Shipping in winter can put your freight at risk of freezing temperatures that could damage it beyond repair. Allowing a shipment to freeze can completely ruin it, and you might even incur cleanup costs as well.
Don’t let your freight freeze. You need to know what conditions your freight can expect to encounter en route, so you can protect your shipments. Anticipate the problems that might come up during shipping, and be ready to handle them. Take steps to keep your shipments warm in transit – insulation and temperature-controlled shipping can keep your freight at a safe temperature, no matter how cold it gets outside.
Know What Conditions to Expect on Your Route
Weather conditions can vary substantially from one region to the next, so you need to familiarize yourself with the weather conditions your freight will encounter as it travels to its destination. The temperature in a location can vary substantially depending on the time of day and the climate. Weather conditions can be more severe in the mountains, for example, than on the plains, and may require your drivers to use alternative routes in the winter. Some routes may have weight limits during the spring and fall, when temperature fluctuations are most likely to damage the road surface.
When you know what conditions to expect on your route, you’ll know how to prepare your freight and what steps to take to anticipate issues. You can plan your route to keep shipments away from the coldest temperatures and the worst weather conditions. You can prepare your trucks to handle snowy and icy conditions. No matter what you’re shipping, it’ll have a better chance of arriving at your destination in good condition if you know what it’s going to go through en route.
Be Ready for Problems to Arise
Issues are going to come up with shipping freight regardless of whether it’s winter or summer, but shipping in the winter tends to come with unique challenges. Some carriers won’t even take temperature-sensitive freight in the winter, because protecting freight from freezing can be such a hassle.
You need to anticipate the problems that could crop up to affect your freight shipments in the winter. Weather conditions could lengthen delivery times and increase your drivers’ risk of accidents, for example. Trucks are more prone to mechanical issues in the cold, and even something as simple as a frozen tailgate could delay your shipments.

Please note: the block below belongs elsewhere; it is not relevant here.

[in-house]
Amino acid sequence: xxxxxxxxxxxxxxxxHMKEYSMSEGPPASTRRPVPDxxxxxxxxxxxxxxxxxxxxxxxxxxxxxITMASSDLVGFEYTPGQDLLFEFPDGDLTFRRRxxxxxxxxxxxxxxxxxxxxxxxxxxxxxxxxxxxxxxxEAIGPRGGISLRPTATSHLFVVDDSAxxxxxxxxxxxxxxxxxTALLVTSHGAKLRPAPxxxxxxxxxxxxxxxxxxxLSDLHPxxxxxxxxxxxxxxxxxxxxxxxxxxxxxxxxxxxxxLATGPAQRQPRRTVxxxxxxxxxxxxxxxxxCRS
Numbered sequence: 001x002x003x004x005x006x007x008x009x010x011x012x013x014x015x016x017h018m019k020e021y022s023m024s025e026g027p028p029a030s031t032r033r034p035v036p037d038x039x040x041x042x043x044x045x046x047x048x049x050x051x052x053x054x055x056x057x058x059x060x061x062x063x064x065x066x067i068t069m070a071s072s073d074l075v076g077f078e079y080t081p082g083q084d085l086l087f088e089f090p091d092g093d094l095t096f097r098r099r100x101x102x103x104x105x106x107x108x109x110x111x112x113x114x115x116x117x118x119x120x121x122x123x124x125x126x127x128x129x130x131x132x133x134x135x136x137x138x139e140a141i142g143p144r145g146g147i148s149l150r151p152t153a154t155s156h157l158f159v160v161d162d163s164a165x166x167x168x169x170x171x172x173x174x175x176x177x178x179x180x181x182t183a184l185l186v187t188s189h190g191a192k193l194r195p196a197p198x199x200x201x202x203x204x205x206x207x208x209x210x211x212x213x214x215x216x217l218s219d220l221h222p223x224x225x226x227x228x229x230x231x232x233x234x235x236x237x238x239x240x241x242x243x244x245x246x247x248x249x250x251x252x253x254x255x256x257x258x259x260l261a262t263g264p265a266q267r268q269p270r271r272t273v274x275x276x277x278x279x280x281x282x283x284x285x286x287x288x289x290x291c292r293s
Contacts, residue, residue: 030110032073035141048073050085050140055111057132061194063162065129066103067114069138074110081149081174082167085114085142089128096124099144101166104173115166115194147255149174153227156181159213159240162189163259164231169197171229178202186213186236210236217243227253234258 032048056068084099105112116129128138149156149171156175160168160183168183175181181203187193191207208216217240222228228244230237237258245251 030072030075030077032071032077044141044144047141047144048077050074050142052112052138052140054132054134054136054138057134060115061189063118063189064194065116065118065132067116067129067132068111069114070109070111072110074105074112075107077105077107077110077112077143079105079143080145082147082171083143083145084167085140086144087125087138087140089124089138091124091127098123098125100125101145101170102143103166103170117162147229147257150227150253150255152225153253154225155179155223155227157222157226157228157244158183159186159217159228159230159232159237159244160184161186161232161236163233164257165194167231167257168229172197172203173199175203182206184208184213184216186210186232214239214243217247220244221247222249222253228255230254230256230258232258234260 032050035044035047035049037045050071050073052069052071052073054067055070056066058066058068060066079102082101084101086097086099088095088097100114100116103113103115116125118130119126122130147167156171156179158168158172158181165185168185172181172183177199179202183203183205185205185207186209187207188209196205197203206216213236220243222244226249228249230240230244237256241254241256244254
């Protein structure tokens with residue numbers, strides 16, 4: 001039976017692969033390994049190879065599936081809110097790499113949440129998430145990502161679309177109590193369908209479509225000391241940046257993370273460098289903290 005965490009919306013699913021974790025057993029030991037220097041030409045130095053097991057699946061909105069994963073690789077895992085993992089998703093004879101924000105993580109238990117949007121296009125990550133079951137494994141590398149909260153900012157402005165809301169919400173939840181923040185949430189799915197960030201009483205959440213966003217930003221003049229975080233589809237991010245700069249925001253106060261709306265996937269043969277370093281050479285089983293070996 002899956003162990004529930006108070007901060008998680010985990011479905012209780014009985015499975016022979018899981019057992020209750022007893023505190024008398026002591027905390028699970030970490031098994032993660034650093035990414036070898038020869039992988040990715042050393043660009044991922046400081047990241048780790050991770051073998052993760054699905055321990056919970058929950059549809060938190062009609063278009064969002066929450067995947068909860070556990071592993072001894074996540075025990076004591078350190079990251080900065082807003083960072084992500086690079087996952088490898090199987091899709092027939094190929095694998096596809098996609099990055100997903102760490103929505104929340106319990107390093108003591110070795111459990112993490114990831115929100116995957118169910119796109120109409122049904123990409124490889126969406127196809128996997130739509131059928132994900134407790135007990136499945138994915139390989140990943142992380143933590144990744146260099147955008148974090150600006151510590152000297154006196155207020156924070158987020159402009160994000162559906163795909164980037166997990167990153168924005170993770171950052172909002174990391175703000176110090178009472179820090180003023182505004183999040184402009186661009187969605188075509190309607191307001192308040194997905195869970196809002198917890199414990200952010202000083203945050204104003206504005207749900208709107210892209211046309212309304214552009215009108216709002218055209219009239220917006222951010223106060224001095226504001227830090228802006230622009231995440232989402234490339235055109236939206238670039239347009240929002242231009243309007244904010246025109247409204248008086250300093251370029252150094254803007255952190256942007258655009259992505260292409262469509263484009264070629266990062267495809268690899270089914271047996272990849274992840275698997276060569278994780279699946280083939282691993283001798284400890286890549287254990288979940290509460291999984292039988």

Be prepared for issues that can arise during winter shipping. Add some buffer time into your shipping schedule so that you have time for delays due to weather or mechanical failures. Use freeze indicators and GPS trackers to monitor the location and temperature of your shipments – a notification that your shipment is at risk of freezing could help you save it in the nick of time. Work with your carriers to ensure that your loads are protected from freezing and that contingency plans are in place to help overcome obstacles that may arise in winter shipping.
Keep Your Shipments Warm
Of course, when you’re shipping in the winter you have to take extra steps to ensure that your freight stays within a safe temperature range throughout shipping. If you’re going to be sending freight through an extremely cold part of the country, you might want to add insulation to the inside of the trailer or shipping container. You can install mineral wool, spray foam insulation, or batt insulation on the inside of a trailer or shipping container.
That doesn’t mean you don’t need to insulate your freight contents inside their boxes or crates. Use styrofoam panels or thermal liners inside your shipping boxes to keep the contents warm. If necessary, use heat packs inside your crates and boxes to keep your contents warm. Some carriers offer heated trucks for shipping freight, but refrigerated trucks can work just as well, especially for items that need to stay cool to remain fresh, like perishable food. It may be cold, but a refrigerated truck is still temperature-controlled. You can wrap your shipping pallets in insulated blankets or pallet covers for an added layer of insulation against the cold.
Shipping freight in the winter comes with challenges unique to the season. You need to make sure your shipments are properly insulated and kept warm throughout the supply chain. Allowing your cargo to freeze could damage it beyond repair, and that’s not what you need when you’re trying to run a business. Protect your winter shipments from the cold, and continue to deliver the service your customers expect.